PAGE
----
Isabelle Fournier and her team are out to change surgical oncology.
"Better surgery is associated with better prognosis and higher survival," said Fournier, a professor at the University of Lille and co-director of a proteomics center of INSERM, the French national institute of health. Her laboratory has worked for several years on a device they call the SpiderMass that will enable surgeons to look for markers of cancer in a living patient's tissue, during an operation. In an article in Molecular & Cellular Proteomics, the team reports on an important step toward finding protein biomarkers during surgery.
Surgery to remove a primary tumor involves a wait. After the tumor and some healthy surrounding tissue are removed, the surgical team pauses while a pathologist checks the tissue margins under a microscope. Although this process is important for preventing recurrence of the cancer, it can add up to 45 risky minutes under anesthesia.
With the new device, Fournier said, "We think that it is possible to open the way to in vivo real-time proteomics," which could help surgeons find stray cancer cells faster, perhaps even as they make incisions.
Fournier's device uses mass spectrometry, which measures the mass of molecules from complex mixtures. But turning an in vivo tissue sample into gas phase ions for measurements can be a challenge. Until now, no one knew how to extract ions from living tissues without doing harm.
So Fournier's team got creative. Riffing on MALDI, an ionization strategy that uses a carrier molecule mixed with the analyte of interest, they decided to use the water that makes up a majority of human tissue as a carrier to produce a water-assisted laser desorption/ionization, or WALDI. If they could excite the water in a tiny area, it should vaporize, taking ionized organic molecules with it.
"It was an idea at the beginning, and many people thought that it would not work," Fourier said. "Finally, we have it working beautifully."
The team built a pulsed laser excitation device tuned to heat water precisely by causing vibration in the oxygen-hydrogen bond. In a 2016 paper, they described using this laser to ionize the outermost layer of tissue, penetrating less than one-twentieth of a millimeter. The human volunteers reported a slight tingling sensation. But the ions that appeared were mostly small molecules and lipids, which are more apt than proteins to adopt a negative charge. The team hoped to measure proteins as well.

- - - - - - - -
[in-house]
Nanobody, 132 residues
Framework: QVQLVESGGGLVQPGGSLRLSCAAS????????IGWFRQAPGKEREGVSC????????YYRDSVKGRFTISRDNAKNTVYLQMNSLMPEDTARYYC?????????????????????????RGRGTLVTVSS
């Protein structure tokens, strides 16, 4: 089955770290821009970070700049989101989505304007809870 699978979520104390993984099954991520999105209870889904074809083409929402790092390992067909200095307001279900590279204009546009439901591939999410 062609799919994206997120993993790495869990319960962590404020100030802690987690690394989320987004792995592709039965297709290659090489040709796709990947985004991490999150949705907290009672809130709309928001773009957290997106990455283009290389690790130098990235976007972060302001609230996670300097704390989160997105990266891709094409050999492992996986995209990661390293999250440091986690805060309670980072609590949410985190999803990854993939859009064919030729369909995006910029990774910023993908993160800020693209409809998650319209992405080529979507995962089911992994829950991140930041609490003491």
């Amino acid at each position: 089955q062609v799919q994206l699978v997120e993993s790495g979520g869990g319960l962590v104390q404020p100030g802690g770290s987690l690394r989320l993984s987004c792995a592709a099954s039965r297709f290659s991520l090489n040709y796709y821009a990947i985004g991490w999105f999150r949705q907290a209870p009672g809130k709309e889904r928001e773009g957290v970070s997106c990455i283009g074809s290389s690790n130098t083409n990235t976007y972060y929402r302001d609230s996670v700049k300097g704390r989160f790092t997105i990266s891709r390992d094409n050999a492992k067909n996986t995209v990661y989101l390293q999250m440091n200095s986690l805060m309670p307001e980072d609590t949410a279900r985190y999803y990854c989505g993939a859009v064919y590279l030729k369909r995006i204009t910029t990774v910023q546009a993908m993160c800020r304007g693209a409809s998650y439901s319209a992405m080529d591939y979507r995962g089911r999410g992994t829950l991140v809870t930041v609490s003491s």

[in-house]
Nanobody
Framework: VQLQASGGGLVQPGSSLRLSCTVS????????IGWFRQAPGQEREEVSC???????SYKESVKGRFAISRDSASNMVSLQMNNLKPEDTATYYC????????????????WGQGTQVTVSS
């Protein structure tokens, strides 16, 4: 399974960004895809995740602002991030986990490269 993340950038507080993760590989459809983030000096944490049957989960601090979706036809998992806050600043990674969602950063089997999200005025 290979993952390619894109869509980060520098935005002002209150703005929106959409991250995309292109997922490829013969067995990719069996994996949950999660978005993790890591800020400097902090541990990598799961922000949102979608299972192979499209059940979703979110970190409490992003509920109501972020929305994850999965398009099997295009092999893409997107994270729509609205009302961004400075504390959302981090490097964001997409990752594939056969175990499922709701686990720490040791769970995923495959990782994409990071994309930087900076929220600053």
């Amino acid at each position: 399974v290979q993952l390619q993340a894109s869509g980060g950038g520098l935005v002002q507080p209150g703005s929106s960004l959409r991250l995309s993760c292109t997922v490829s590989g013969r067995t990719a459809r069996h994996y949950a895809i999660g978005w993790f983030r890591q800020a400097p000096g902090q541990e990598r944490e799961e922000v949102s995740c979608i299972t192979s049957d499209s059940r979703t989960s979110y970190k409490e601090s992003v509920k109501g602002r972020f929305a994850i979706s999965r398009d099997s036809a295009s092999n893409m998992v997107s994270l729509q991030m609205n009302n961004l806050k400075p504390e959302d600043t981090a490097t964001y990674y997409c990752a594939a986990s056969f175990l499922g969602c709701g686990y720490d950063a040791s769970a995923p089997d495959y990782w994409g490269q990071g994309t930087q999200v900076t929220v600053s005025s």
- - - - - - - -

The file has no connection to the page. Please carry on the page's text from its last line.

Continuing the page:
In this new paper, Fournier and colleagues report that they have cracked the protein puzzle. By using a more sensitive mass spectrometer and looking for positively instead of negatively charged ions, they found peaks representing purified proteins they had introduced into a cow liver sample. Now that they know the proteins are detectable, the next step will be finding ways to amplify the protein signal over more abundant lipids and metabolites.
In the meantime, the device is already in use for four-legged patients. Fournier's lab has worked with the veterinary biotech company Oncovet Clinical Research to run a pilot trial, comparing biopsies from pet dogs with sarcoma to healthy tissues. The team developed a lipidomics- and metabolomics-based classification system to robustly identify healthy, necrotic and cancerous tissues. Soon, they will introduce a prototype into a veterinary operating room. If it is successful there, Fournier said, she hopes to reach human clinics, improving tumor removal surgery to give patients better health outcomes.